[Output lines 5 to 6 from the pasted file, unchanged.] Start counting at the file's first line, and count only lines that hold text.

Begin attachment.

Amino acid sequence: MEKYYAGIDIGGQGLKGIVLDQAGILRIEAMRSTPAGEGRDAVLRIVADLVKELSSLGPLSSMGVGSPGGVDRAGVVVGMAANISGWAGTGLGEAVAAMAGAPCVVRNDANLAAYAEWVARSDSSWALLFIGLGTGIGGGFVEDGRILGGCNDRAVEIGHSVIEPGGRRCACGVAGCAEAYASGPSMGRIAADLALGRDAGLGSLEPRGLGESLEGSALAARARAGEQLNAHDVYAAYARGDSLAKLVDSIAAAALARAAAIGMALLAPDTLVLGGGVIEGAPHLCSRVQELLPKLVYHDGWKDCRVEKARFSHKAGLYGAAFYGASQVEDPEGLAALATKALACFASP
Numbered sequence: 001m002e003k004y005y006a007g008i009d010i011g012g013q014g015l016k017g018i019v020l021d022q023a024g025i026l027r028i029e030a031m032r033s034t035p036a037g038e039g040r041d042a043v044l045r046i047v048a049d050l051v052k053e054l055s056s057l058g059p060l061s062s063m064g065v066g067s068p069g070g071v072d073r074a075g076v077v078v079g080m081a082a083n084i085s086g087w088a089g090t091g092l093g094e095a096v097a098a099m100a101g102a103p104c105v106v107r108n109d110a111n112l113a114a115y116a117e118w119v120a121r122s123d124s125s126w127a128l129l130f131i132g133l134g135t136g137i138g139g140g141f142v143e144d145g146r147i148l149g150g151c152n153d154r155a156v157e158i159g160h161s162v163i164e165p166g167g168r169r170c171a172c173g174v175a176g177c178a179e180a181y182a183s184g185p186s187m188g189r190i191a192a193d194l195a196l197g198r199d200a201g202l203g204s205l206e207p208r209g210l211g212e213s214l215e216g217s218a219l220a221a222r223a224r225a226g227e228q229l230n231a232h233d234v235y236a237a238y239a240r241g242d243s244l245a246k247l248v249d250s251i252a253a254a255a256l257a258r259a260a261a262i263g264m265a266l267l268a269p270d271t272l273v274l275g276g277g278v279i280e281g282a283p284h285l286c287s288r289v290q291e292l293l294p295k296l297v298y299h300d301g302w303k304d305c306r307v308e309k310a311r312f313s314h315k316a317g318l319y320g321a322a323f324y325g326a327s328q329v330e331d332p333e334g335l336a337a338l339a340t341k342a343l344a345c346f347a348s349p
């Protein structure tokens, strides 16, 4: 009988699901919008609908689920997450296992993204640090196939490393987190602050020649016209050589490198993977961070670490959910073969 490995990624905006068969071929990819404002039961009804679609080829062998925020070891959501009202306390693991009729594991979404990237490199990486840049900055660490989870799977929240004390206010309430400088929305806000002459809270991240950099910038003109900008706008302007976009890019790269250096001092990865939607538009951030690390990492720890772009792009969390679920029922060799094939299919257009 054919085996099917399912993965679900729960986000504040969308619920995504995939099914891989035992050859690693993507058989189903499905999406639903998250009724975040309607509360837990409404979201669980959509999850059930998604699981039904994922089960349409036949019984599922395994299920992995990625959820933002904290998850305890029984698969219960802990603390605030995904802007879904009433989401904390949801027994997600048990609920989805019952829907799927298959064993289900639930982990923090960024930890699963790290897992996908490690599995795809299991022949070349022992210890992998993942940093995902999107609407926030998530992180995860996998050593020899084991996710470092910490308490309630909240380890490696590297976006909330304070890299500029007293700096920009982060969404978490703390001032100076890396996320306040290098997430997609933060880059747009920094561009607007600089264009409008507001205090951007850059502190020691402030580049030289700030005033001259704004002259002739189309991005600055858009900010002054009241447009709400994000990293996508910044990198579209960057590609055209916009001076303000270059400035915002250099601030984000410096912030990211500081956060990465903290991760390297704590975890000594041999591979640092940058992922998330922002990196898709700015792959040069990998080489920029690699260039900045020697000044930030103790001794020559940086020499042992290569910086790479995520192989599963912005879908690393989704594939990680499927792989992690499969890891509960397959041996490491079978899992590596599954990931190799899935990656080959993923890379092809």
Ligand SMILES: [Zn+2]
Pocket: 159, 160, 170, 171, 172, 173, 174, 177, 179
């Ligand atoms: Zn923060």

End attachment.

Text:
Pocket: 159, 160, 170, 171, 172, 173, 174, 177, 179
């Ligand atoms: Zn923060």